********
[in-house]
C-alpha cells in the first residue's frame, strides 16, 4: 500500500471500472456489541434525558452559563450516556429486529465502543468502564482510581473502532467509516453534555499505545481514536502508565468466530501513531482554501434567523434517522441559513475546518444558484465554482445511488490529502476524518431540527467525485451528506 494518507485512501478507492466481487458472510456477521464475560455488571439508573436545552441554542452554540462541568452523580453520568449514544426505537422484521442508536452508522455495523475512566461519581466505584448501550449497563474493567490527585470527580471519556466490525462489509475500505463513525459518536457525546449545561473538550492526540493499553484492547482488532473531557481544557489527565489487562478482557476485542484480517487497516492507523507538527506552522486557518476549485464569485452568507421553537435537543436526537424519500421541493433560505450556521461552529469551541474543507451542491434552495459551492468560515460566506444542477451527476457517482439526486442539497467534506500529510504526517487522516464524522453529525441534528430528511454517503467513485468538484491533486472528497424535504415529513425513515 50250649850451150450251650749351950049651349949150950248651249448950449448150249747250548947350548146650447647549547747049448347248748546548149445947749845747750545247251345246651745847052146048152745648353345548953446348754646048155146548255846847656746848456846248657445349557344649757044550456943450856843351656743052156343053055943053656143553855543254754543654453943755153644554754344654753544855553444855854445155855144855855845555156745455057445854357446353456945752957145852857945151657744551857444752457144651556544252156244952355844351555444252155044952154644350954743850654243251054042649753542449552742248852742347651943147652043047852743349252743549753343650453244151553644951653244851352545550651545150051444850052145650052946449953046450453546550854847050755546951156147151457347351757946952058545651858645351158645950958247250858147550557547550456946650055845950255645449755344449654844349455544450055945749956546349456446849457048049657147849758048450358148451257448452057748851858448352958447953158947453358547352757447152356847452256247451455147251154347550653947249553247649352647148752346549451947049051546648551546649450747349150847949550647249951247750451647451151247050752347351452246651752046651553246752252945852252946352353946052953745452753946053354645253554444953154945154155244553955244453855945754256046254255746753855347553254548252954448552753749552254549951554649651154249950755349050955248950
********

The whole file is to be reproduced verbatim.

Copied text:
[in-house]
C-alpha cells in the first residue's frame, strides 16, 4: 500500500471500472456489541434525558452559563450516556429486529465502543468502564482510581473502532467509516453534555499505545481514536502508565468466530501513531482554501434567523434517522441559513475546518444558484465554482445511488490529502476524518431540527467525485451528506 494518507485512501478507492466481487458472510456477521464475560455488571439508573436545552441554542452554540462541568452523580453520568449514544426505537422484521442508536452508522455495523475512566461519581466505584448501550449497563474493567490527585470527580471519556466490525462489509475500505463513525459518536457525546449545561473538550492526540493499553484492547482488532473531557481544557489527565489487562478482557476485542484480517487497516492507523507538527506552522486557518476549485464569485452568507421553537435537543436526537424519500421541493433560505450556521461552529469551541474543507451542491434552495459551492468560515460566506444542477451527476457517482439526486442539497467534506500529510504526517487522516464524522453529525441534528430528511454517503467513485468538484491533486472528497424535504415529513425513515 50250649850451150450251650749351950049651349949150950248651249448950449448150249747250548947350548146650447647549547747049448347248748546548149445947749845747750545247251345246651745847052146048152745648353345548953446348754646048155146548255846847656746848456846248657445349557344649757044550456943450856843351656743052156343053055943053656143553855543254754543654453943755153644554754344654753544855553444855854445155855144855855845555156745455057445854357446353456945752957145852857945151657744551857444752457144651556544252156244952355844351555444252155044952154644350954743850654243251054042649753542449552742248852742347651943147652043047852743349252743549753343650453244151553644951653244851352545550651545150051444850052145650052946449953046450453546550854847050755546951156147151457347351757946952058545651858645351158645950958247250858147550557547550456946650055845950255645449755344449654844349455544450055945749956546349456446849457048049657147849758048450358148451257448452057748851858448352958447953158947453358547352757447152356847452256247451455147251154347550653947249553247649352647148752346549451947049051546648551546649450747349150847949550647249951247750451647451151247050752347351452246651752046651553246752252945852252946352353946052953745452753946053354645253554444953154945154155244553955244453855945754256046254255746753855347553254548252954448552753749552254549951554649651154249950755349050955248950